Latin Name: Sassafras albidum
Locations: Common in Island woods and woodland edges, sassafras is easy to identify by its two-lobed (like a mitten), three-lobed, or unlobed leaves. Some trees have leaves with all three shapes. Look for individual specimens along Cobbetts Lane after passing the fire house and a prominent grove on Ram Island Road after turning left from Cobbetts.
Tree stats: Native to North America and related to avocado and cinnamon, sassafras ranges in the east from Maine to central Florida and west to Kansas and Texas. It grows up to 60 feet high and 40 feet wide. Sassafras is a clonal species, meaning it can generate new trees via its roots, potentially creating large colonies. Pollinated yellow flowers in the spring become small blue berries atop a red stalk like a golf ball on a tee. In the fall, the leaves turn kaleidoscopic shades of orange, red, and yellow. The leaves, branches, bark, and roots have an aromatic fragrance strong enough that it’s purported that Columbus smelled sassafras as he approached land.
A prized tree: Native American tribes valued different parts of sassafras to treat wounds and various illnesses. The dried and pounded leaves have long been used as a gumbo thickening agent called filé. When the Spanish, French, and British arrived in America, the tree quickly became an important export as wood for building and medicine that supposedly cured pretty much everything, including syphilis. (It didn’t.) Sassafras was one of the ingredients in the friendly-sounding Godfrey’s Cordial, an 18th century opiate given to restless infants. Unsurprisingly, a number of children didn’t survive the treatment.
Root beer pleasures: In more modern times, safrole, an oil derived from sassafras, was used to manufacture commercial root beer until 1960, when the FDA determined that the substance was a potential carcinogen. But that shouldn’t stop you from trying homemade sassafras beverages. Hank Shaw, author and self-described omnivore, offers an intriguing root beer recipe on the website Hunter Angler Gardener Cook. (He also points out that “you’d need to drink 24 gallons of sassafras root beer a day for an extended time to get the amount of safrole fed to those rats” in the FDA study.) As always, do your own research when creating wild food concoctions.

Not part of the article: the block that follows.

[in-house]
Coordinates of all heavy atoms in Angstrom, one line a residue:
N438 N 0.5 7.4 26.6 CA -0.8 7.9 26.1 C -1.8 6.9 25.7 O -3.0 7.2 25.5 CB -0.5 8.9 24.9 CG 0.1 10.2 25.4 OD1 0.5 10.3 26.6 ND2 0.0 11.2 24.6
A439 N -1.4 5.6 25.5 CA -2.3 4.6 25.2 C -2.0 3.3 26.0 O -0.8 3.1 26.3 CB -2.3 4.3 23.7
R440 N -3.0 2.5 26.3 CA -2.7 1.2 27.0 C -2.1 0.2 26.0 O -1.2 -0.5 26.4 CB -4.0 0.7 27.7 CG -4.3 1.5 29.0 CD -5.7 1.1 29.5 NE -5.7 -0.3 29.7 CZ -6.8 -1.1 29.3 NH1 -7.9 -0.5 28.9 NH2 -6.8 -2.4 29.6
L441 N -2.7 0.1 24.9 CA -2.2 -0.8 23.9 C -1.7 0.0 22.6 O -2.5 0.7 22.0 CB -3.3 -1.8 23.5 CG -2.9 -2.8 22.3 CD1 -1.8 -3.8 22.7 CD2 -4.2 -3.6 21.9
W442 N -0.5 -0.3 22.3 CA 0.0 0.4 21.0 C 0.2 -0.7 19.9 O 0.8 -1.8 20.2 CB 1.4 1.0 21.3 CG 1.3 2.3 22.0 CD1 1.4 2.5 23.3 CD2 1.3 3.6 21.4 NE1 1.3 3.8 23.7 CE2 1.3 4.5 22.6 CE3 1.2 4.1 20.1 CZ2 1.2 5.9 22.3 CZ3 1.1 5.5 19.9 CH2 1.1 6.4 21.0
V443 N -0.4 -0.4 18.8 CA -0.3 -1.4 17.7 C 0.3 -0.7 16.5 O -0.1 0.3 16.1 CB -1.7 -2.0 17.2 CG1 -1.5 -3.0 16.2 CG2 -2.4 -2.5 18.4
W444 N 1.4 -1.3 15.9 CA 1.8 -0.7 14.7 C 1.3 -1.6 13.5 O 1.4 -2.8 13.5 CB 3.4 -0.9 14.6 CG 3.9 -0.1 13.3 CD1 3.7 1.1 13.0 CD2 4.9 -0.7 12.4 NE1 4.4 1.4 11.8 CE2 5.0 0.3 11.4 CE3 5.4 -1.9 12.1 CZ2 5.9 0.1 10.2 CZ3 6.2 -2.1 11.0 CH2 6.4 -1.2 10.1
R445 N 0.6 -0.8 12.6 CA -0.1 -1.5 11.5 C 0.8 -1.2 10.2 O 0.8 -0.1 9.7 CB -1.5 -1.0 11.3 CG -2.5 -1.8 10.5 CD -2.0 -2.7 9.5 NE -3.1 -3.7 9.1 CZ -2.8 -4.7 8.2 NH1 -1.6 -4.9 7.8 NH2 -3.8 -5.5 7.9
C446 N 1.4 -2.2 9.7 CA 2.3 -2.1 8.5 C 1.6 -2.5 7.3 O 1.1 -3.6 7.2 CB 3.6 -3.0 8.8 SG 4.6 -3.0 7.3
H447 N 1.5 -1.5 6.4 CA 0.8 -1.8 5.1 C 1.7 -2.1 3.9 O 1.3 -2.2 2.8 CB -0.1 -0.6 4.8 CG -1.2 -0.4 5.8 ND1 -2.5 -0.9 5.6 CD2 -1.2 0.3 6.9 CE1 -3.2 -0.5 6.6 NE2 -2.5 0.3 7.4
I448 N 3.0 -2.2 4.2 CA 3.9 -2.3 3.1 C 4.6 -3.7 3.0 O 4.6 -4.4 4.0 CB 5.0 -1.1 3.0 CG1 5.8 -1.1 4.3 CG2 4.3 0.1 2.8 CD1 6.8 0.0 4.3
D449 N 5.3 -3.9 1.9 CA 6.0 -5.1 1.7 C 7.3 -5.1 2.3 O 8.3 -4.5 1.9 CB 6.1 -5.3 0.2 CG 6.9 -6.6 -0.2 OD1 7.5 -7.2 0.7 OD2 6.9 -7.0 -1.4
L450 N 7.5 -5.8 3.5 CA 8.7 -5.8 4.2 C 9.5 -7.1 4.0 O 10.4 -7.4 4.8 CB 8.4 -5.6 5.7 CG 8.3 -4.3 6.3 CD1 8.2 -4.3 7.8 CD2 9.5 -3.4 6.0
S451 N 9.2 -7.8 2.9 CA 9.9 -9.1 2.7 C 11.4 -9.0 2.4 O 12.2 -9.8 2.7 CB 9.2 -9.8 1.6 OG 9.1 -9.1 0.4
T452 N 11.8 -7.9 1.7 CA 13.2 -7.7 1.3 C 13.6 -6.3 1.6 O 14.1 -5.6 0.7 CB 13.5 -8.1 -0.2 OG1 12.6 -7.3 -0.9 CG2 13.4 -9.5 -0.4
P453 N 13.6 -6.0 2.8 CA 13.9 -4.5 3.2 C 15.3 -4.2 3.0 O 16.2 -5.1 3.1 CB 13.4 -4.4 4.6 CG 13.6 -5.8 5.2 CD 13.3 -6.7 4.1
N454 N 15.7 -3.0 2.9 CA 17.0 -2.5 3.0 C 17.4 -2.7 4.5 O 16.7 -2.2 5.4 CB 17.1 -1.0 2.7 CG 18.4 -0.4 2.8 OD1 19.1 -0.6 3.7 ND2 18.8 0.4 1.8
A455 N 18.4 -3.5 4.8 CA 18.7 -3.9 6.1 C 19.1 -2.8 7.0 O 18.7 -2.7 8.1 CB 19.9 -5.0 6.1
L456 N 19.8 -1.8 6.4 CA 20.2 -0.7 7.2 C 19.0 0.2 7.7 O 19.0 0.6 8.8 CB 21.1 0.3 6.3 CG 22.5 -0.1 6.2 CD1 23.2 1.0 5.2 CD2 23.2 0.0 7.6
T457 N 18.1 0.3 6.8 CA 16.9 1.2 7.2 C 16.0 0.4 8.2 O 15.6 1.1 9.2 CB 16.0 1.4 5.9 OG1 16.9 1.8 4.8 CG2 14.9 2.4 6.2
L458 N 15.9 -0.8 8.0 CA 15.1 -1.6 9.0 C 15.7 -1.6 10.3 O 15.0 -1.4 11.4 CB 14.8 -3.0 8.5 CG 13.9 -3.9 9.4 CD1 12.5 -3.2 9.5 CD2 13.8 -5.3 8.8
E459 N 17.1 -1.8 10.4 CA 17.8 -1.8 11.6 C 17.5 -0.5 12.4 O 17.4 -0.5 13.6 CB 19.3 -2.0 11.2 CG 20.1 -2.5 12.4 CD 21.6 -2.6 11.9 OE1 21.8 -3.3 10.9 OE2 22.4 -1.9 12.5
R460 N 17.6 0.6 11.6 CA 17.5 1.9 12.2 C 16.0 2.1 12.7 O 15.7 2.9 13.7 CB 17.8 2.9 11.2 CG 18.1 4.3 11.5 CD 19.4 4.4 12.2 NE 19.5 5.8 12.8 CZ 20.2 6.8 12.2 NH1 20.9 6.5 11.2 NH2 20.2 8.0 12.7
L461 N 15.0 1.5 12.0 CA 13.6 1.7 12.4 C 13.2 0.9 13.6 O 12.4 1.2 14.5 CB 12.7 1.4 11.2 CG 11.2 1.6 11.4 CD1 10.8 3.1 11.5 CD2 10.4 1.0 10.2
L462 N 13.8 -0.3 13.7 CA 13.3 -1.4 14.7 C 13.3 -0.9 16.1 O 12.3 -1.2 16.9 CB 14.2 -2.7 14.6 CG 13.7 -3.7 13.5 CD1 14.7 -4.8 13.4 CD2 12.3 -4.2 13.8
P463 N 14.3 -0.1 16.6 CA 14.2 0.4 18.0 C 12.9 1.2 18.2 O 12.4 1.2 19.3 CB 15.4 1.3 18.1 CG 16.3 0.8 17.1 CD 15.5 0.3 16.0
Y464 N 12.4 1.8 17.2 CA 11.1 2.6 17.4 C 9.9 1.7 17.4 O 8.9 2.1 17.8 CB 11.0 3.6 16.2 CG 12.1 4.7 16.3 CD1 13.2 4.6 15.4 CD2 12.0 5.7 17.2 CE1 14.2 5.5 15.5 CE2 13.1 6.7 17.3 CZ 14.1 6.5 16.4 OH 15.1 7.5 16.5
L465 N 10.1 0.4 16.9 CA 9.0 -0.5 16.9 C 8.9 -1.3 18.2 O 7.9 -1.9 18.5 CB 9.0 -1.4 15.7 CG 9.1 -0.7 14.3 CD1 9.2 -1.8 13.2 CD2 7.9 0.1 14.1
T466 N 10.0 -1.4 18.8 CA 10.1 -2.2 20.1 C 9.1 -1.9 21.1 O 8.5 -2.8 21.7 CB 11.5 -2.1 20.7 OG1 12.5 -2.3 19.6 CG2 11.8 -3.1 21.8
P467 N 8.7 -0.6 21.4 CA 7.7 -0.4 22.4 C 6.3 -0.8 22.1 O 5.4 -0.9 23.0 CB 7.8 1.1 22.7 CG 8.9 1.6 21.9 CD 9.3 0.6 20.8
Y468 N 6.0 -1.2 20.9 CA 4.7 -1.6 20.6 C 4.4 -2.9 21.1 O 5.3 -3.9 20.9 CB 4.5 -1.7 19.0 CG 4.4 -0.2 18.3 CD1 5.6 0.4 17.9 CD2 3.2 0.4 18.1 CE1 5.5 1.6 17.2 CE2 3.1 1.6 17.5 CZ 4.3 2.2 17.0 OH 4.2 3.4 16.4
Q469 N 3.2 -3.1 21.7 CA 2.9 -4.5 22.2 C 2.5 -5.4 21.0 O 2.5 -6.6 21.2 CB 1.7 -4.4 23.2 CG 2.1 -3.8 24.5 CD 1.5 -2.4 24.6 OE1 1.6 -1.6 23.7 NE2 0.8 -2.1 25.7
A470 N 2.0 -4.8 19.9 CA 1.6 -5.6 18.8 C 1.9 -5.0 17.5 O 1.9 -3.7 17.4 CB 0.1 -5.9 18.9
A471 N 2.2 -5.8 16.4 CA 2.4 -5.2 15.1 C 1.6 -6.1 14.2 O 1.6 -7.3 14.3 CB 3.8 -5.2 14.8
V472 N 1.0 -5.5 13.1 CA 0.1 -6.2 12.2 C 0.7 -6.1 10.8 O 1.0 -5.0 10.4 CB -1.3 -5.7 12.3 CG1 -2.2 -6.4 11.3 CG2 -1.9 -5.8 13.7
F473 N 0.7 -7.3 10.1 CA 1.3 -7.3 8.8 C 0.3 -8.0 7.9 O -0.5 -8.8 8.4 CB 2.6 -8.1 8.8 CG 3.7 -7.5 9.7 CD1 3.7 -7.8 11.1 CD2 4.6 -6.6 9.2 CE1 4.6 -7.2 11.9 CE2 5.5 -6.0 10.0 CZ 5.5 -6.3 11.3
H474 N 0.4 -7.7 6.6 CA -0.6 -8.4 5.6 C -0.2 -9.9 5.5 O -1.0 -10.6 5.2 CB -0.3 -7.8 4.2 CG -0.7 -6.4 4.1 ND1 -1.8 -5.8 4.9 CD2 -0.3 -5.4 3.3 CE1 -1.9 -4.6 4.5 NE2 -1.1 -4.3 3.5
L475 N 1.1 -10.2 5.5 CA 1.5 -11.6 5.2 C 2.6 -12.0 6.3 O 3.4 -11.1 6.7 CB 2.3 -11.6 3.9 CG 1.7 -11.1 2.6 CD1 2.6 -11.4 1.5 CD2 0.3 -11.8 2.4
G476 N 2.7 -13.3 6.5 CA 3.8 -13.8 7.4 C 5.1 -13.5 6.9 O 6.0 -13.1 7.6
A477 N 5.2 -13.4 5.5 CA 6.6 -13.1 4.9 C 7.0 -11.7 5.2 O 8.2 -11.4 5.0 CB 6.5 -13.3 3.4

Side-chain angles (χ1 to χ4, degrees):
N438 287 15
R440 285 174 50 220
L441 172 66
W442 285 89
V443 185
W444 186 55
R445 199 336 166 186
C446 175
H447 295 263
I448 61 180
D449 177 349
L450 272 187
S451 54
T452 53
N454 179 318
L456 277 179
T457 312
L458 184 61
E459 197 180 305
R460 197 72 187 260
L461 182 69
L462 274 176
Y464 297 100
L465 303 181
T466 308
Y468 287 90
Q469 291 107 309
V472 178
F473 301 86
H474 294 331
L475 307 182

A neglected beauty: Because of its suckering habit, sassafras is rarely planted in home landscapes. Too bad, because it’s a charismatic tree for shade or sun. The trees along Cobbetts existed in vine-smothered obscurity until they were uncovered and carefully pruned and shaped by arborist and designer Kevin McCafferty, who has a special affection for the species. Landscape architect David Kamp cultivated a group of inherited sassafras on his former property by limbing them up and underplanting with various groundcovers. The effect was soft and magical.
Photos: Tim Purtell